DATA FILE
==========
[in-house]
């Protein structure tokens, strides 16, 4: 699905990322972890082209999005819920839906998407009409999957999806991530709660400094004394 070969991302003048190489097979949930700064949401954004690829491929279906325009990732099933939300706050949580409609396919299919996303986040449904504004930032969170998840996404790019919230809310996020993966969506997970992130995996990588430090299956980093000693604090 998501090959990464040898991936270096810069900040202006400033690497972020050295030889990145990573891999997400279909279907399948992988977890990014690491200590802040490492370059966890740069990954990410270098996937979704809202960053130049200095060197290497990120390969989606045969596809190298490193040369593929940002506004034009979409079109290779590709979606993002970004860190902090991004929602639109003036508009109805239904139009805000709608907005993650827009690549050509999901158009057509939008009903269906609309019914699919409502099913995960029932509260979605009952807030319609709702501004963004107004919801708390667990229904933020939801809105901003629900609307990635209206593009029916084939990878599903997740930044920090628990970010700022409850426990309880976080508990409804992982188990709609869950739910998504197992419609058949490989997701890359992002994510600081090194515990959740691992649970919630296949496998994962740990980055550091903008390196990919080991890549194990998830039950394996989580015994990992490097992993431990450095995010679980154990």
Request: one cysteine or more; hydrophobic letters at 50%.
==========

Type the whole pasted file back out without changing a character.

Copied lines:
[in-house]
């Protein structure tokens, strides 16, 4: 699905990322972890082209999005819920839906998407009409999957999806991530709660400094004394 070969991302003048190489097979949930700064949401954004690829491929279906325009990732099933939300706050949580409609396919299919996303986040449904504004930032969170998840996404790019919230809310996020993966969506997970992130995996990588430090299956980093000693604090 998501090959990464040898991936270096810069900040202006400033690497972020050295030889990145990573891999997400279909279907399948992988977890990014690491200590802040490492370059966890740069990954990410270098996937979704809202960053130049200095060197290497990120390969989606045969596809190298490193040369593929940002506004034009979409079109290779590709979606993002970004860190902090991004929602639109003036508009109805239904139009805000709608907005993650827009690549050509999901158009057509939008009903269906609309019914699919409502099913995960029932509260979605009952807030319609709702501004963004107004919801708390667990229904933020939801809105901003629900609307990635209206593009029916084939990878599903997740930044920090628990970010700022409850426990309880976080508990409804992982188990709609869950739910998504197992419609058949490989997701890359992002994510600081090194515990959740691992649970919630296949496998994962740990980055550091903008390196990919080991890549194990998830039950394996989580015994990992490097992993431990450095995010679980154990």
Request: one cysteine or more; hydrophobic letters at 50%.